When the public unknowingly cultivates a noxious weed, all sorts of havoc ensues, often causing devastating damage to the environment.
CRD crews are in Quesnel right now, scouring the roadsides, hillsides, creek and river beds looking for, among others, two very serious invasive weeds.
Himalayan Balsam (impatiens glandulifera) is particularly destructive to hillsides and water courses because it not only chokes out native vegetation, which have root structures which stabilize the soil but Himalayan Balsam has no root system to replace the beneficial plants they have destroyed.
“We know this plant exists on both sides of the Fraser River in town and to an unknown level outside of town,” CRD Invasive Plant spray assistant and arborist Rob Tregillus said.
“We also know there are a number of hillsides and many yards with this invasive plant.
“There are acres of Himalayan Balsam in the Quesnel area.”
With small sites, pulling the plants, bagging them and depositing the bags in the invasive plant bins at the Quesnel landfill would go a long way to preventing the spread, but Tregillus said many residents aren’t aware of the damage Himalayan Balsam (also known as Policeman’s Helmet, Sibirian Orchid and other common names) can do. In fact, he said according to a member of the Quesnel gardening society, this plant was at one time cultivated and shared.
Japanese Knotweed (polygonum cuspidatum) is also on the hit list for CRD crews.
Similar in appearance to bamboo, this plant is listed by the World Conservation Union as one of the world’s 100 worst invasive species.
In addition to choking out native species, Japanese Knotweed is known to penetrate thick asphalt and bust up concrete.
“I know of six locations, varying in size, around Quesnel,” Tregillus said.
Both plants propagate through seeds, but knotweed also spreads through a runner (rhizomes) system.
The CRD program is part of a worldwide effort to control invasive weeds. The Invasive Weed Council has a global strategy administered through agencies such as the CRD and local programs are tailored to the specific infestations in various regions.
With only one urban crew and one roadside crew, Tregillus said local residents are an important part of the eradication process.
Before doing anything though, he suggested residents consult with CRD to ensure the plants are the invasive variety and also to help identify spread and location. Himalayan Balsam can be safely and effectively pulled on small sites (ideally before it flowers), bagged and placed in the invasive weed bin at the landfill. For Japanese Knotweed, it’s important to contact CRD as to the best way to deal with the infestation.
However, there’s another way the public can help with this problem.
One of the easiest ways to spread this nasty plant is through dumping unwanted vegetative debris over embankments and around riparian areas.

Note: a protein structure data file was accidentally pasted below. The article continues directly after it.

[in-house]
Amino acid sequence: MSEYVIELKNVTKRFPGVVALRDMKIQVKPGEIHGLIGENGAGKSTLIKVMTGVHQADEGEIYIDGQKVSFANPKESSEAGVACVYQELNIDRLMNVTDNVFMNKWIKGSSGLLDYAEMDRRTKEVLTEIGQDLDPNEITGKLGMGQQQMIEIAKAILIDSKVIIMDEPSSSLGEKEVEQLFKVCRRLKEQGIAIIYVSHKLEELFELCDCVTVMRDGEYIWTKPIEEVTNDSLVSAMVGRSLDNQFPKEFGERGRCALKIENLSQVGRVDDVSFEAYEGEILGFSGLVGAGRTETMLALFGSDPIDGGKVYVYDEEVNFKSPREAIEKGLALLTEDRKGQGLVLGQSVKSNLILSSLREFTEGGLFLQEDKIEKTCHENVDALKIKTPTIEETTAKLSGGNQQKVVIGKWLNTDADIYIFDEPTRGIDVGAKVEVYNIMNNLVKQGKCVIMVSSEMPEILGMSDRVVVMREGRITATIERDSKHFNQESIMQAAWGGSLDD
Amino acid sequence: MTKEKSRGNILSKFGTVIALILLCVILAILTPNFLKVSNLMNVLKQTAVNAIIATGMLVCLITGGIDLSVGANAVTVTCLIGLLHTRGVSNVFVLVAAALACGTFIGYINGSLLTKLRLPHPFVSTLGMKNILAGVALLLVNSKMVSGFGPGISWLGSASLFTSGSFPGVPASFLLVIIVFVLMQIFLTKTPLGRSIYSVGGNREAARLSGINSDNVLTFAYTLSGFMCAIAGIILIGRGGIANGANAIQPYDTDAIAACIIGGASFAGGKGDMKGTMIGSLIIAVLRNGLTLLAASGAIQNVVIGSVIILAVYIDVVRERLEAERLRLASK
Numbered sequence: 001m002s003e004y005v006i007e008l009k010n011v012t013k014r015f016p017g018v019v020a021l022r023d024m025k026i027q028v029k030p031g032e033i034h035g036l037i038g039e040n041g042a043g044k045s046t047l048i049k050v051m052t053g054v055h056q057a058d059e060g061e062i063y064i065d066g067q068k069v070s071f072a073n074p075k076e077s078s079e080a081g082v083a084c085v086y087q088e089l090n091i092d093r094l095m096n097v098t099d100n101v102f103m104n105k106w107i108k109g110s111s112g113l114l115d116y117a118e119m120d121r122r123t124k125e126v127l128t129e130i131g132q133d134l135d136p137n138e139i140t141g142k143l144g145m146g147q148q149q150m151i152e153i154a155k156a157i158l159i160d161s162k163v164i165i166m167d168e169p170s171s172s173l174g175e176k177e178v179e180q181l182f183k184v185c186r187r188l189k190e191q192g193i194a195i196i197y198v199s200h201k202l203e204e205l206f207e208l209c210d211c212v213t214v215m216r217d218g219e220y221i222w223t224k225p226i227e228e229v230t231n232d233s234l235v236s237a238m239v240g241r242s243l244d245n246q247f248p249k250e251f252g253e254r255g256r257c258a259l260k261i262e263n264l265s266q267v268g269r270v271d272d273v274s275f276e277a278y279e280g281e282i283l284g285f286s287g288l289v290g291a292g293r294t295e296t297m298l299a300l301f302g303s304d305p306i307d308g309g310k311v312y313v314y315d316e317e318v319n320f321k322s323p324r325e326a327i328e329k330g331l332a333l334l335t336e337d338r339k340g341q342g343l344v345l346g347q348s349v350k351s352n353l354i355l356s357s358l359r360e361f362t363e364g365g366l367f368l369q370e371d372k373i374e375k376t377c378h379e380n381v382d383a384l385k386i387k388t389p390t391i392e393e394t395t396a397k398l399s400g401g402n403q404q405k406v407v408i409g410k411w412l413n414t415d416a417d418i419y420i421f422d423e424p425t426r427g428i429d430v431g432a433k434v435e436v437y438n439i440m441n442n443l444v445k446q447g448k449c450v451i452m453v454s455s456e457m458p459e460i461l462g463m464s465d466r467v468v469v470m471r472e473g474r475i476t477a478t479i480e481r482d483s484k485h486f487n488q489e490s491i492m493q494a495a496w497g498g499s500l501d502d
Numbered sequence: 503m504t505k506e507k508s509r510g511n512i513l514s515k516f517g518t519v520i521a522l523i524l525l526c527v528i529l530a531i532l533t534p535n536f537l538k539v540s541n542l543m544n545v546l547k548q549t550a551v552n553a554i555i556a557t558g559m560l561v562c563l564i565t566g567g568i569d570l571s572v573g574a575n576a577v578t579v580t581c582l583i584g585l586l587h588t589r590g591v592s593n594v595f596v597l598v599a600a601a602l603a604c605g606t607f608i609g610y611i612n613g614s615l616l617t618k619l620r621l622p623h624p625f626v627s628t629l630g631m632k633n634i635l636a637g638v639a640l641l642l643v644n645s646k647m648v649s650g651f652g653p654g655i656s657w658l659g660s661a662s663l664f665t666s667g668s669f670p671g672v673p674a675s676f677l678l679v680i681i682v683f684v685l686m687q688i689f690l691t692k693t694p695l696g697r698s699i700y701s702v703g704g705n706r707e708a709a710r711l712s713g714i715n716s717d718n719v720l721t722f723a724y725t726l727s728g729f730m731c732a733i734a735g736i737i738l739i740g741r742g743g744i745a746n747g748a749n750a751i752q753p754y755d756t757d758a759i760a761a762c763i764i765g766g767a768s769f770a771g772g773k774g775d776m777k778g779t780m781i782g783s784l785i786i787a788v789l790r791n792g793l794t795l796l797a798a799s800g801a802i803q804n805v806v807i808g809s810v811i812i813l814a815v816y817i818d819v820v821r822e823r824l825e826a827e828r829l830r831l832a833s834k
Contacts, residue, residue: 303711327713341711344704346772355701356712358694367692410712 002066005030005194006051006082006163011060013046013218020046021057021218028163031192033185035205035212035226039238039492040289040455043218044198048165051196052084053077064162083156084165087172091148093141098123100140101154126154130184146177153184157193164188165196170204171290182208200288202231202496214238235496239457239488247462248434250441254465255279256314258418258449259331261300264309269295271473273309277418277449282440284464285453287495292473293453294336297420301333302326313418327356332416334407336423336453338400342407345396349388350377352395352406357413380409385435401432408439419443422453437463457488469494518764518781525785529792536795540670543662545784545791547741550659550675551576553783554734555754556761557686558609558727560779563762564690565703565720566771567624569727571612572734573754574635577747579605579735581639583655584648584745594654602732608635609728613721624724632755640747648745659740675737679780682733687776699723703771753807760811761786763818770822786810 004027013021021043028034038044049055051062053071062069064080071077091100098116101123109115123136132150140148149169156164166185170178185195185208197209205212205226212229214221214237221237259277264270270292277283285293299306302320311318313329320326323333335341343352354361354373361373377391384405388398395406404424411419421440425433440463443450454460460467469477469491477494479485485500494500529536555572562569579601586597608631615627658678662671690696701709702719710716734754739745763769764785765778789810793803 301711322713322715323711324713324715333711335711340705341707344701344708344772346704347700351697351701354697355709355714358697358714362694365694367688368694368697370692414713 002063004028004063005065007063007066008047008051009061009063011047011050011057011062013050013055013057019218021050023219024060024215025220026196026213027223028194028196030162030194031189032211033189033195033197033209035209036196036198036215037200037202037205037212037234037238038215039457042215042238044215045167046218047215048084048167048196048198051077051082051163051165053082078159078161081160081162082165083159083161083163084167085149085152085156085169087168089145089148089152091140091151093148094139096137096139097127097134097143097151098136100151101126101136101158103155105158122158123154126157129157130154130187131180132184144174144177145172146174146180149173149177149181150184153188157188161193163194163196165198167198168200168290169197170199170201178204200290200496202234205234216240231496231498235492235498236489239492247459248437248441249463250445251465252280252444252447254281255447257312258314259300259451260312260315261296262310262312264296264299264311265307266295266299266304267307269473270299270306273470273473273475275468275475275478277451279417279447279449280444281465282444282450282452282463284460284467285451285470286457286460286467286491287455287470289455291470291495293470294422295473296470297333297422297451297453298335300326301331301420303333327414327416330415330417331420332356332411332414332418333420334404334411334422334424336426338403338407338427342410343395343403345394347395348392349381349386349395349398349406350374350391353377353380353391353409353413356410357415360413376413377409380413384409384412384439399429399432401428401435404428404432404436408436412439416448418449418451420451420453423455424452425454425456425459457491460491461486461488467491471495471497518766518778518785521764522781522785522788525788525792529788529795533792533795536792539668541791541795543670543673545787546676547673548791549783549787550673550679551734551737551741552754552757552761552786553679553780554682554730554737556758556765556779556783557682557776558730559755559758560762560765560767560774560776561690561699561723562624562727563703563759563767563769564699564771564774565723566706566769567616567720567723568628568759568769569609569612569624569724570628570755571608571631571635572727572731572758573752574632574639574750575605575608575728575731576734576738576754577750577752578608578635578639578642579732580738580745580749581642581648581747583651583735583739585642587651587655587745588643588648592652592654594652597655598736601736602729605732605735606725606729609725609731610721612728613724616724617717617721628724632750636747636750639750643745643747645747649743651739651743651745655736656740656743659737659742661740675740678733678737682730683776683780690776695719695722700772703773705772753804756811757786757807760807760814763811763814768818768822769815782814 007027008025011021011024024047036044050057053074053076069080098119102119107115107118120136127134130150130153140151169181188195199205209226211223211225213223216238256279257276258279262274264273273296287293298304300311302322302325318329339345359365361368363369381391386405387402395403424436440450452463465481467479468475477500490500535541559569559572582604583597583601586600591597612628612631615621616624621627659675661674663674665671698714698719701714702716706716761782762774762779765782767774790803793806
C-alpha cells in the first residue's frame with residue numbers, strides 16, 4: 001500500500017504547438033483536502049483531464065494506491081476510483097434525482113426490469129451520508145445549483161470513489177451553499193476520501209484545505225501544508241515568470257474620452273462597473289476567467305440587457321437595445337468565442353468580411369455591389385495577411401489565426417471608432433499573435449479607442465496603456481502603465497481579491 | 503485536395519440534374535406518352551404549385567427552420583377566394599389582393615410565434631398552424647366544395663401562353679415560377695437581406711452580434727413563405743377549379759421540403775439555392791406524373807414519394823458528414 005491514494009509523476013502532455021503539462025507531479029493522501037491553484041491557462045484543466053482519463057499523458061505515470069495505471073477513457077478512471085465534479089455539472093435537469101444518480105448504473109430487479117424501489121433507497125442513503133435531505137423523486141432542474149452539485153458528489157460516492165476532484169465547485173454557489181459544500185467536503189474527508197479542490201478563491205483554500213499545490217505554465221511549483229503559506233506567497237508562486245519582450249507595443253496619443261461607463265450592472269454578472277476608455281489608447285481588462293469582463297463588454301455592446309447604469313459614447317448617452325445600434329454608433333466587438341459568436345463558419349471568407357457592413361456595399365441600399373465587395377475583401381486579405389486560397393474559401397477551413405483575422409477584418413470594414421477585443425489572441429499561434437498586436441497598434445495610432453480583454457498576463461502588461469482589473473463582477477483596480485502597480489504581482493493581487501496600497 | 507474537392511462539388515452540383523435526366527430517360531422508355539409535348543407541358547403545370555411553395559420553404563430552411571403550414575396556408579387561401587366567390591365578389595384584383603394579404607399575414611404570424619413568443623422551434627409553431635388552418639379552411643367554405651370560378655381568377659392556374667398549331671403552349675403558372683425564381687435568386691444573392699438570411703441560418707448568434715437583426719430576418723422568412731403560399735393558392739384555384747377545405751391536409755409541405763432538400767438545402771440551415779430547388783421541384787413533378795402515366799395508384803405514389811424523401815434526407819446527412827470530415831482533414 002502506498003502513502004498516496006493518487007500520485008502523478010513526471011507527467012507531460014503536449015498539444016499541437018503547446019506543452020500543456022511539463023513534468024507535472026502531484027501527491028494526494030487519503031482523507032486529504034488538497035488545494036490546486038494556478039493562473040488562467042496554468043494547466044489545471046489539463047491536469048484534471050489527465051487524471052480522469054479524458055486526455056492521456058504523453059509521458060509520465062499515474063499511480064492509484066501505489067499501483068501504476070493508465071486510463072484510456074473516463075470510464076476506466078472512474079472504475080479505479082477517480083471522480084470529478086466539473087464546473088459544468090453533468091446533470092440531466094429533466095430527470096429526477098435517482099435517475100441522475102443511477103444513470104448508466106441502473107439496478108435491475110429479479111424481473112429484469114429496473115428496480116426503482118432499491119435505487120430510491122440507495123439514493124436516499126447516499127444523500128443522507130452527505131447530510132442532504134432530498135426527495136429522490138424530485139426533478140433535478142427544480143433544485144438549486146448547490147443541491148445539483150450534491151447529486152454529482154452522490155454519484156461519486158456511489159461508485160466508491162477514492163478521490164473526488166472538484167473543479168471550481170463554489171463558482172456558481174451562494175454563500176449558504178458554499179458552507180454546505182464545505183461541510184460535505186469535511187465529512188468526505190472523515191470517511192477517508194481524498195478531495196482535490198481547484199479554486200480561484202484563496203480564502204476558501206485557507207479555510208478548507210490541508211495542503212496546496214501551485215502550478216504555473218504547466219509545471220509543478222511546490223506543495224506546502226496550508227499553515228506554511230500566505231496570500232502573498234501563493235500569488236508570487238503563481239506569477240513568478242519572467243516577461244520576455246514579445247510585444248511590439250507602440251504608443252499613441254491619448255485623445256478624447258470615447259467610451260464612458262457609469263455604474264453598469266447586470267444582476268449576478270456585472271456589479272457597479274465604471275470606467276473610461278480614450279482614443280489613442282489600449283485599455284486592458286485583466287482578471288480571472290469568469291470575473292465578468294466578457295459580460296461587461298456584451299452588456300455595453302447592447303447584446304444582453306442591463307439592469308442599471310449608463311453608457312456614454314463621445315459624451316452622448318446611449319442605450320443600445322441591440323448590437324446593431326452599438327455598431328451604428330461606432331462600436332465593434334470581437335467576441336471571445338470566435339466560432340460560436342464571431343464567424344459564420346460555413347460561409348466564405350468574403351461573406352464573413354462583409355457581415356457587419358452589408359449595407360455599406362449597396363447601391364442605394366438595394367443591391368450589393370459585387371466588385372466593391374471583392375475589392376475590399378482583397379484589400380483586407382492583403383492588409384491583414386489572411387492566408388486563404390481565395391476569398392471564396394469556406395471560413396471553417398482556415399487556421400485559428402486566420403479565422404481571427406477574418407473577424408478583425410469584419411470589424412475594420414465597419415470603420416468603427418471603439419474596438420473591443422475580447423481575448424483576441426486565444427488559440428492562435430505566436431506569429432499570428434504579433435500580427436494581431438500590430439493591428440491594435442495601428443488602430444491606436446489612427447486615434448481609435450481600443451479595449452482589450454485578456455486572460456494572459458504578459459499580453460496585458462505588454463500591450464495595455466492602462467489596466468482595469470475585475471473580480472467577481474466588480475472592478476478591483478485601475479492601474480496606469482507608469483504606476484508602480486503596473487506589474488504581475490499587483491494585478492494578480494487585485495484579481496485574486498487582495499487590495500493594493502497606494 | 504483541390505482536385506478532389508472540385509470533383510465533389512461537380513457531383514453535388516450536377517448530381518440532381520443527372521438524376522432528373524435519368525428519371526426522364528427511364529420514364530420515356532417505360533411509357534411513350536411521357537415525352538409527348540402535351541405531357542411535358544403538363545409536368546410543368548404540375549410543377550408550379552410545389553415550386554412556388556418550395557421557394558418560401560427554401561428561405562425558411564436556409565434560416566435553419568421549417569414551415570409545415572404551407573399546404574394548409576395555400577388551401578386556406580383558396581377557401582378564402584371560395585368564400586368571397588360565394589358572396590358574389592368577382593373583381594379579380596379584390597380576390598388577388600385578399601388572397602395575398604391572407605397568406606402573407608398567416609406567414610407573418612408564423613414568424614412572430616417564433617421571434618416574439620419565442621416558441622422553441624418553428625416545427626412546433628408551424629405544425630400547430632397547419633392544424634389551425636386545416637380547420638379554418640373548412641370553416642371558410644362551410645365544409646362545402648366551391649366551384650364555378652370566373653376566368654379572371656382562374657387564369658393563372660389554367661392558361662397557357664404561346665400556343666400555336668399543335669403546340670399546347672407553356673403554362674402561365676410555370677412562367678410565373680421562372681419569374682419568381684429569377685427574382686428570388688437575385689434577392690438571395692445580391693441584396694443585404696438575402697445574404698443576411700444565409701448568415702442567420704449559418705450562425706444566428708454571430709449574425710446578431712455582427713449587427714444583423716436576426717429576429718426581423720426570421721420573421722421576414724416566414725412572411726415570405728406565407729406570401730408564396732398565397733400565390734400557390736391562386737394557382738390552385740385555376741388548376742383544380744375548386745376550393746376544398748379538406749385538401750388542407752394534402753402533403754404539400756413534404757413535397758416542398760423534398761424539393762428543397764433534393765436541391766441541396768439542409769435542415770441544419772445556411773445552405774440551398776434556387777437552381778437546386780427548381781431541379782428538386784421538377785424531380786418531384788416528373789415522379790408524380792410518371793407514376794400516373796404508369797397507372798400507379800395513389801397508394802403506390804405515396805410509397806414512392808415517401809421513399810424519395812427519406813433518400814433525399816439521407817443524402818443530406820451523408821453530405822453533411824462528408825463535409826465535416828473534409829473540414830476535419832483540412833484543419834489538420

Not only do grass clippings, branches and the like kill trees but they also create the perfect nursery for these killer invasive plants.
“Anytime you are inappropriately disposing of unwanted grass clippings, tree branches and garden waste, you are potentially giving invasive weeds another deadly shot at a native species,” Tregillus said.
“Also, with the prospect of charging for dumping debris of all sorts at the landfill, residents may choose to dump their debris over embankments and contribute to the problem.”
Tregillus says part of the solution is recruiting residents in the invasive plants war.
“An informed public is the front line force in the war against invasive weeds but that also means if the public isn’t helping with the solution, they’re adding to the problem,” he said.
“Damage to the environment and dealing with these plants is costing hundreds of billions of dollars both locally and internationally through loss of productivity, damage to infrastructures, destruction of native flora and fauna and the cost of dealing with these plants, all of which impacts humans.”
Himalayan Balsam and Japanese Knotweed are just two of hundreds of invasive plants listed in the sixth edition of Field Guide to Noxious Weeds and other selected invasive plants in B.C., with more being added all the time, Tregilllus said.
“CRD is currently treating, in one way or another, 31 species of invasive weeds in the Cariboo Chilcotin with Himalayan Balsam and Japanese Knotweed at the top of the hit list.”
He couldn’t stress enough how important it is for residents to understand the enormity of the problem and their role in the solution.
For information on these two plants and others that are threatening our environment and your backyard, contact Emily Sonntag, 1-250-392-3351, ext. 266, Natalie Borkowski, 1-250-392-3351, ext. 223 at the CRD Invasive Plant department or Amanda Dreager, Invasive Plant Control assistant who is currently working with Tregillus in the Quesnel area, 1-250-267-7469.
In addition to providing knowledge, they can also arrange for someone to come and assess potential noxious weeds on your property.